I was working for a federal facility, and the facility management was interested in building a radio tower in a location near an archaeological site. One of the other archaeologists, an engineer, and I headed out to take a look at the location.
The location was on a small knoll overlooking a beach, and this area was frequently used as a cattle pasture. We stood on the knoll, trying to figure out whether the site was here or not, when we heard a rumbling. We looked up just in time to see a herd of cattle running at full speed in our direction.
We didn't have time to move, the cattle were moving quickly enough that we couldn't have gotten out of their way in time. I believed that I was about to die - I was later told by the other two that I had an "enigmatic" look on my face.
Talking about it later, we discovered that the engineer had begun praying, the other archaeologist had begun panicking, and I had a sense of amusement as the following go through my head:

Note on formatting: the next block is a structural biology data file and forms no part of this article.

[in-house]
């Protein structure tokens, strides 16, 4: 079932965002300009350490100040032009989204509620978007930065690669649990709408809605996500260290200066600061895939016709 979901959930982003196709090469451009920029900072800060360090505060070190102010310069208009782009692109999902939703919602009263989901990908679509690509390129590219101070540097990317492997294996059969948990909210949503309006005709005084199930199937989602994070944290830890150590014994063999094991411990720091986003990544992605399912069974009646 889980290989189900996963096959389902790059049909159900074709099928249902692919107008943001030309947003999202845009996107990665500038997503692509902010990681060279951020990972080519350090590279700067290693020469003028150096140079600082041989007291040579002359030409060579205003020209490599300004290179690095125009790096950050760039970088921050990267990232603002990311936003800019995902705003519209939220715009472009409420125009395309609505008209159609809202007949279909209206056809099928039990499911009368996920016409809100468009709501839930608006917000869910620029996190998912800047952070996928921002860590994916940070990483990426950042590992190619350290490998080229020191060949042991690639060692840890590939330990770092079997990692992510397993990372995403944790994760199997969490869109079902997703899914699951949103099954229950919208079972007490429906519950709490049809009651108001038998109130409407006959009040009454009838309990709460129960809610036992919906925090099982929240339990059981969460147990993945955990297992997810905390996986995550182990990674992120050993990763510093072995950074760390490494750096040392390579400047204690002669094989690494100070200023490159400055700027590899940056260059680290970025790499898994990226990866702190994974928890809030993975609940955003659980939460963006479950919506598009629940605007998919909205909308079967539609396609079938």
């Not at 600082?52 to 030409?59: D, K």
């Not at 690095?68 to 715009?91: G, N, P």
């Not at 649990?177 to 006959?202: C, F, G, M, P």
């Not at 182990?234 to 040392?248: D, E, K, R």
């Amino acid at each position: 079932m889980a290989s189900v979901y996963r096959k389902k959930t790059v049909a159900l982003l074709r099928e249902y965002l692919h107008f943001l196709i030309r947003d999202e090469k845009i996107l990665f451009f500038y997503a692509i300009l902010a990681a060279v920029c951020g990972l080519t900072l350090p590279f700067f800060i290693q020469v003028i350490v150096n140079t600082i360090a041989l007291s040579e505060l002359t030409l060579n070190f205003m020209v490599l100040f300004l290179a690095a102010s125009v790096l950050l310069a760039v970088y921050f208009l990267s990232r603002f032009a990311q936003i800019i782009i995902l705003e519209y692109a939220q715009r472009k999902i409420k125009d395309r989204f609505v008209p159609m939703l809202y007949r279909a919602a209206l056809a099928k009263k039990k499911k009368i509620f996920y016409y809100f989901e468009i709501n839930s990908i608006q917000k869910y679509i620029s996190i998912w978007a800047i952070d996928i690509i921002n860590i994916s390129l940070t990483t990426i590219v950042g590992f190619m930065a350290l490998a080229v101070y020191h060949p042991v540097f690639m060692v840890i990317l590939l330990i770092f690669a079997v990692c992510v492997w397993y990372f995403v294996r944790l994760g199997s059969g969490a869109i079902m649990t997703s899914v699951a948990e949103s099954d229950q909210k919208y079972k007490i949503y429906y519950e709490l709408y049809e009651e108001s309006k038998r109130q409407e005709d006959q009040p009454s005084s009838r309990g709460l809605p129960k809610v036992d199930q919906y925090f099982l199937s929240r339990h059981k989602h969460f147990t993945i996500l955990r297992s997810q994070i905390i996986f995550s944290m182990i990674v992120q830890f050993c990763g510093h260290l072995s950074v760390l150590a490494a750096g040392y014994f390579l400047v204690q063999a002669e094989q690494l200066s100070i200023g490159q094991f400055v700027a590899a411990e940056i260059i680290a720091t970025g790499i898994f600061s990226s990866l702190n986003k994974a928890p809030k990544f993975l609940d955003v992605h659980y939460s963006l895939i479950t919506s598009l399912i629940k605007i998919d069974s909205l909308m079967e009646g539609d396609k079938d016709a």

"Huh? So, I get killed by a cattle stampede. I never saw this coming."
So, apparently, I react to certain death by being mildly amused.
At the last minute, the cattle turned and went around us, and in less than a minute, they were past us, and still running.
I remember once reading an essay by Penn Gillette, in which he described being in a plane that was experiencing mechanical problems. While the other passengers were frightened, he was grinning like a maniac, figuring that he'd enjoy the ride if it was going to be his last. Now I think I know how he felt.